Balázs Kapitány , Hungarian Demographic Research Institute
Demographers mostly use the perspective of women when they analyse research questions related to fertility, parity or life-course events. The aim of this paper is very simple: to illustrate the usefulness of parallel perspectives of different ‘stakeholders’, when we describe demographic events related to childbearing. We can look at a demographic phenomenon as childbearing not only from the perspective of woman, but from the perspective of the child or from the father; grandparent, usw. A child cohort study with strong demographic roots – especially when it starts before the birth, as the Cohort '18 – Growing Up In Hungary Study - gives an excellent opportunity for applying and demonstrating these ‘different but parallel’ perspectives. Sometimes the results are similar regardless of the point of view. However, we can find remarkable differences too. For example in the cases of ‘third children’ the chance that a ‘third child’ (using the term from mothers perspective) have more than two siblings is 18%. (Only the full and half-siblings, without step-siblings!). In this situation the chance to have ‘only’ two classical siblings is only 64%. The picture is different again, when we use the point of view of the biological father: 10% of ‘third child’ is a first child of his/her father and 11% is a second one. Finally, the data are different again from the perspective of the ‘family’: 16% of each ‘third child’ is the first common child of her/his parents. The use of parallel perspectives can give new impetus to demographic research.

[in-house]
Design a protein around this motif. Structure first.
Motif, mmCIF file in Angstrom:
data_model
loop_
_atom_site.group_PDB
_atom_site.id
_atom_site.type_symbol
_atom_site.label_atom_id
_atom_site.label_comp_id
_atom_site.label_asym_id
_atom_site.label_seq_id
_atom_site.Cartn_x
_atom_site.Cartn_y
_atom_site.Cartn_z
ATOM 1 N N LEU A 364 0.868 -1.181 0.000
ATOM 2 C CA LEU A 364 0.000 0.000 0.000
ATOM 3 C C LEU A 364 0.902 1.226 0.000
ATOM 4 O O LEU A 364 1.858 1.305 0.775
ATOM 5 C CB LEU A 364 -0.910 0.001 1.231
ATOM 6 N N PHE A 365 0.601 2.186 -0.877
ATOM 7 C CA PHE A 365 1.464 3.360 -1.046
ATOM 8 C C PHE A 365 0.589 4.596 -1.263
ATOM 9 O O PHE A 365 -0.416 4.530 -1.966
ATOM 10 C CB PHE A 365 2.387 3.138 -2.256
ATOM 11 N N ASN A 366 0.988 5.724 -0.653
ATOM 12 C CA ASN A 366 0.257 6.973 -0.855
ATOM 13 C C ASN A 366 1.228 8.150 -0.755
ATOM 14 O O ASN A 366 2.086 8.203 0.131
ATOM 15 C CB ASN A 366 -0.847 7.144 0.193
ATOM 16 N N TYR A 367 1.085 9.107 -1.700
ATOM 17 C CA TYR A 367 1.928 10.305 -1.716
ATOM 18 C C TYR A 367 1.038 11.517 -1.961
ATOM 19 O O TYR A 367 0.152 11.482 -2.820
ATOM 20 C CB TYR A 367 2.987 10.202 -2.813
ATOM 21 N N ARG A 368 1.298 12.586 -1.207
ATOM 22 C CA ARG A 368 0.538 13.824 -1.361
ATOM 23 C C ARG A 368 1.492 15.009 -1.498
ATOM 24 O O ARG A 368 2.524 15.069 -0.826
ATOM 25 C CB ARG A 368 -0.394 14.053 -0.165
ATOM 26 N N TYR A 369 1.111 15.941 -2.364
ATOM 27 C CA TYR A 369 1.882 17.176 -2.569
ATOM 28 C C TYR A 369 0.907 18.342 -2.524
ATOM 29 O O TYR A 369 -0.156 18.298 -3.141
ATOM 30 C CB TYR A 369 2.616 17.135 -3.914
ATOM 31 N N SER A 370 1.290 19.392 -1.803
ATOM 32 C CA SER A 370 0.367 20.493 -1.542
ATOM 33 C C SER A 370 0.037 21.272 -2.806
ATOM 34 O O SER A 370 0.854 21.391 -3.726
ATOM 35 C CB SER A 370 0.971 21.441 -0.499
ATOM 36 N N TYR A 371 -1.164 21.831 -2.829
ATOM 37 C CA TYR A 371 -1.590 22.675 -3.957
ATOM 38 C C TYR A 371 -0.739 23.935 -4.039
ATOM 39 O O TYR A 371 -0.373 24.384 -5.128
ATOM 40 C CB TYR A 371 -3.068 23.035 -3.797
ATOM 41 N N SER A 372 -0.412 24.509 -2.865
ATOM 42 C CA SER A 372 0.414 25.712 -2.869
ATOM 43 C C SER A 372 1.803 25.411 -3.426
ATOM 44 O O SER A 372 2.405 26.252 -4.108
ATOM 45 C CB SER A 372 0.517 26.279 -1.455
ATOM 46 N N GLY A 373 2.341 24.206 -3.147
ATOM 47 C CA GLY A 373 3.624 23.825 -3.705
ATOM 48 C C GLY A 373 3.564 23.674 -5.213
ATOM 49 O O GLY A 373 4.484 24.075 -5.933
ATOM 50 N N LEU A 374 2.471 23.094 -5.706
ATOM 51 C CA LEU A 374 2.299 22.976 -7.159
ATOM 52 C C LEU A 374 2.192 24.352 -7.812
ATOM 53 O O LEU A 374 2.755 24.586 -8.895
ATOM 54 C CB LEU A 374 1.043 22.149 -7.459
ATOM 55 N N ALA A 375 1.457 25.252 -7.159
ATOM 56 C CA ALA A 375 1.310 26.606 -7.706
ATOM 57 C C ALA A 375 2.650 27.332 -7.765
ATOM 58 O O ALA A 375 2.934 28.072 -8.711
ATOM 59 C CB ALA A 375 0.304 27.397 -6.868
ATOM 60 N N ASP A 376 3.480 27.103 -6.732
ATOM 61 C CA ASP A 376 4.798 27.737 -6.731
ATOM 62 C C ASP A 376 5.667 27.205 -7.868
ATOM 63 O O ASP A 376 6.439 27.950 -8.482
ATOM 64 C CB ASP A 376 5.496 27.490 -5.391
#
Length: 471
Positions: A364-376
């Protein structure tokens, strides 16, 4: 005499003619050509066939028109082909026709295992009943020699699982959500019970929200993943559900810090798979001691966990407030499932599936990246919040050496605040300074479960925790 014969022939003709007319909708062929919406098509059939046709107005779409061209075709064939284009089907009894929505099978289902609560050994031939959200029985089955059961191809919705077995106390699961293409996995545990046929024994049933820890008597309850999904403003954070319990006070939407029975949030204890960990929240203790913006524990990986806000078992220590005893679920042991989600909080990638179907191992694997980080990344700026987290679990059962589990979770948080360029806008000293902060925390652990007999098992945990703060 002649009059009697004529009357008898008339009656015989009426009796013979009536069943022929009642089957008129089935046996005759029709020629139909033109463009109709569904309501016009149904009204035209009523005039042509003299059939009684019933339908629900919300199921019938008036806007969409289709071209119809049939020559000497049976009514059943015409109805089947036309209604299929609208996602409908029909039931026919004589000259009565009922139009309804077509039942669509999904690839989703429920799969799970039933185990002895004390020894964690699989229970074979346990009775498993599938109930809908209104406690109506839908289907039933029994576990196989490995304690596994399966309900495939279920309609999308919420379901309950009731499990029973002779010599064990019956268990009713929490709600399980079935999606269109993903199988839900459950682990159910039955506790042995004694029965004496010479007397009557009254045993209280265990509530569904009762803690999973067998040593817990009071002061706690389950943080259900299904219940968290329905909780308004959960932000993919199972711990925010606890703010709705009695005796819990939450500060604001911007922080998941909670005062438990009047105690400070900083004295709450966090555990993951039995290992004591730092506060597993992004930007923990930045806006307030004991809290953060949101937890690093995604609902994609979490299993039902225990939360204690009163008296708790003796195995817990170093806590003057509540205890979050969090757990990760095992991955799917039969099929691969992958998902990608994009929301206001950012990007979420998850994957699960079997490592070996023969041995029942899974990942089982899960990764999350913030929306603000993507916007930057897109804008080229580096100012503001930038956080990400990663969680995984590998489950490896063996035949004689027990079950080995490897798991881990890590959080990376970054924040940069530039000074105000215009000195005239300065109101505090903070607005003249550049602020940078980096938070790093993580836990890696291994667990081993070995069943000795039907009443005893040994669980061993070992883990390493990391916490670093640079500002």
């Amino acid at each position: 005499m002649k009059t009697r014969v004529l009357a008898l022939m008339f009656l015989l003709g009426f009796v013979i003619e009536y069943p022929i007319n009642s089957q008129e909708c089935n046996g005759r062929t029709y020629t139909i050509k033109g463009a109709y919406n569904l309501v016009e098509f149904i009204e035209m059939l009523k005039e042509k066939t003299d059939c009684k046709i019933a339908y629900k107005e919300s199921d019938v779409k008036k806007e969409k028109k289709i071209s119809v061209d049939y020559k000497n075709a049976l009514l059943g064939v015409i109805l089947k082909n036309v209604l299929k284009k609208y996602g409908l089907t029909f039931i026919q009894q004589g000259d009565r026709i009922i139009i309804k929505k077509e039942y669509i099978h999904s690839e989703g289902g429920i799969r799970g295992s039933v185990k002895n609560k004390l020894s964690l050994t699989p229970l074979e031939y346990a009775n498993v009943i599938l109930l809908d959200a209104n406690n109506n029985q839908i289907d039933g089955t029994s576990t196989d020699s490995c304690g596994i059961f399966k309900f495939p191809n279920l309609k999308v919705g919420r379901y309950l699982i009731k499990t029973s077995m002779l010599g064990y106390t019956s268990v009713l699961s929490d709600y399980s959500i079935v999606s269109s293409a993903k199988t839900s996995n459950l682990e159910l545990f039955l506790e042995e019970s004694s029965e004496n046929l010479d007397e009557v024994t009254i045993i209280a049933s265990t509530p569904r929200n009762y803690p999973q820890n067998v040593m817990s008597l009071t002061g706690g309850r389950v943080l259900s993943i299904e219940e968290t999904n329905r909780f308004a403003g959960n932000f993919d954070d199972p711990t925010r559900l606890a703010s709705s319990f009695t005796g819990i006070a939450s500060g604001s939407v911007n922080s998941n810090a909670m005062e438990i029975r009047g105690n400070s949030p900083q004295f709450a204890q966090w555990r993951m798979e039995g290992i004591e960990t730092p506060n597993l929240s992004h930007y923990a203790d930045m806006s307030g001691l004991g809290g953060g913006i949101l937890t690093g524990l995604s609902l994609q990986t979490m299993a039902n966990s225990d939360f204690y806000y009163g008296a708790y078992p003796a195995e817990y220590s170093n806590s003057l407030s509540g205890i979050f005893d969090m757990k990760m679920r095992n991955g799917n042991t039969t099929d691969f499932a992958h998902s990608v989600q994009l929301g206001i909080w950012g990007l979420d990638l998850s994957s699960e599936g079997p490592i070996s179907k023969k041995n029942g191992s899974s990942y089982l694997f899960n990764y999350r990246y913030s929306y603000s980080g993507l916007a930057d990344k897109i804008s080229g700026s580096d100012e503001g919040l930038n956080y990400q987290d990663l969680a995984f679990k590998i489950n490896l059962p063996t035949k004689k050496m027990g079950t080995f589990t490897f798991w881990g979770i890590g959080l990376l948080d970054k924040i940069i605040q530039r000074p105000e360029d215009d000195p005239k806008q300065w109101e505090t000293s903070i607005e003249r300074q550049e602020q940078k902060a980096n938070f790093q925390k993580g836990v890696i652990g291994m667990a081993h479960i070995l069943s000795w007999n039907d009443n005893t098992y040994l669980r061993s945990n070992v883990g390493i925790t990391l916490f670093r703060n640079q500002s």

Presented in Session P1. Poster Session Fertility, Family and the Life Course